How Many Soybeans Do You Need for top yield?

Cut back on seeding rate may save seed.

Published on: Feb 21, 2011

If you follow the recommendations in the Purdue University Corn & Soybean Field Guide, 2011 edition, you'll still be planting over 200,000 seeds per acre in solid-seeded fields, and about 165,000 in 12-20 –inch row systems. Do you really need to plant that much seed per acre?

Why would you want to plant less? At 140,000 seeds per $45 unit, each 1,000 seeds cost you about $0.32. If you could back off 25,000 seeds per acre, you would save $8 an acre. On 1,000 acres, that's $8,000.

Planting the extra seed is cheap insurance you say. Truth is that experts, including Purdue University's Shaun Conley, say the recommended seeding rates still carried in the field guide have tremendous insurance built in already. They assume 90% germination, and that 90% of those that germinate will emerge. Under most modern systems, especially reduced tillage where crust can be limited, those numbers are usually higher.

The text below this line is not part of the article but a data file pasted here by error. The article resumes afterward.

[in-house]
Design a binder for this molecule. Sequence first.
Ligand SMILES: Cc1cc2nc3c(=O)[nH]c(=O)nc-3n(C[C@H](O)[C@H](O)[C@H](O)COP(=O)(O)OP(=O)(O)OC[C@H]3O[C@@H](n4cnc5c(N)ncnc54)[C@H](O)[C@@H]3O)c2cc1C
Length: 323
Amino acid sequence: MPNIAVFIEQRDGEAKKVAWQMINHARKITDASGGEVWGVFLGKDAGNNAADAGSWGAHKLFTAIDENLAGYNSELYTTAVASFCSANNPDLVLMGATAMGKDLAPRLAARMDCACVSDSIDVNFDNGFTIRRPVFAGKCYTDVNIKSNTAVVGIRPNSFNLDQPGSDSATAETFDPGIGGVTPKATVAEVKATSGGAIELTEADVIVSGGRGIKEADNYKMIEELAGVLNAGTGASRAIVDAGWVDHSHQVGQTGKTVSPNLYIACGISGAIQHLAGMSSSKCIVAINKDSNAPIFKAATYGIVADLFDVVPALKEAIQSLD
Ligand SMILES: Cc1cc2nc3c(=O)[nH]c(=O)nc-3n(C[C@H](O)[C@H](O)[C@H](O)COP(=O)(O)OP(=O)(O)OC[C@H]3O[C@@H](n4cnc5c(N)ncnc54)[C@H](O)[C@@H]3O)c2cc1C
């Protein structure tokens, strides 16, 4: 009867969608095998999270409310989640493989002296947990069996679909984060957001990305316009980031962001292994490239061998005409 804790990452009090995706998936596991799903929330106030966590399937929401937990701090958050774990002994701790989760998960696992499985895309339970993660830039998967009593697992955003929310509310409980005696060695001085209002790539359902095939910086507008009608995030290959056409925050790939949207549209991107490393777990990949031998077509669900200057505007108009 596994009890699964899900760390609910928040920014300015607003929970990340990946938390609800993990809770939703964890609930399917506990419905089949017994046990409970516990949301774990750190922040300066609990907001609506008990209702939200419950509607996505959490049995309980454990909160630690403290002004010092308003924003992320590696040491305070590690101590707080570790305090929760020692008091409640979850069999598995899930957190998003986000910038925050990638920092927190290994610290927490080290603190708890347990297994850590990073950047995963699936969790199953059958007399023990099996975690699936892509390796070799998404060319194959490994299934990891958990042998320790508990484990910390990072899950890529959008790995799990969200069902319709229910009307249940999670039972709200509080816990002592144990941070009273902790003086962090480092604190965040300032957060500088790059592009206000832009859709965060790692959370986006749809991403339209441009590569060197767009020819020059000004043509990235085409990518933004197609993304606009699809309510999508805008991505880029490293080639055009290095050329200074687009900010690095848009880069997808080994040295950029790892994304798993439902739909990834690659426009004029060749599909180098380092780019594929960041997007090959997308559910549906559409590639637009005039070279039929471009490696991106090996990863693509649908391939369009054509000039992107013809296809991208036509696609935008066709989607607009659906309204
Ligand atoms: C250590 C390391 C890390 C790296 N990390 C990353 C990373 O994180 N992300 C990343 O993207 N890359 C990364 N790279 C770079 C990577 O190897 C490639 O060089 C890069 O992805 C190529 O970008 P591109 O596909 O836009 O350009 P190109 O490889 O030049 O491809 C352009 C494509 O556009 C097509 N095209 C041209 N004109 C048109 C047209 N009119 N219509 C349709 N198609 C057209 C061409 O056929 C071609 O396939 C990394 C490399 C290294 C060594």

Second, there's another table in the Guide that while placed there to help make replant decisions, is rather revealing. If you get 120,000 plants in solid stands, you can expect 100% yield. Even at 80,000, it's 96%. On 30- inch rows, you can still expect 100% at 80,000 plants per acre. So 15-inch row plantings at 100,000 plants per acre, assuming consistent spacing and adequate weed control, should be near 100% of normal yield.

Even if you get the conservative, time-honored 81% germination by emergence combination, developed before modern planters and more precise controls were common, dropping 140,000 seeds could produce more than 113,000 plants per acre.

One northern Indiana farmer says he used to go 170,000 or more in 15-inch rows, but he's followed company recommendations and backed off to 140,000 seeds per acre. While it made him uneasy at first, he's been very pleased with yield. They definitely haven't dropped off due to plants per acre.

The truth is soybeans have a tremendous ability to compensate. Most agronomists believe the high seeding rates at today's high seed costs deserve a second look. If you're willing to set your planter or drill correctly, choose high quality seed with a germination score, and make sure you're doing a good job of planting, then going to the higher seeding rates may no longer be necessary. Even some seed companies are advocating that people cut back on seeding rate and concentrate on doing the best job they can of making every seed count.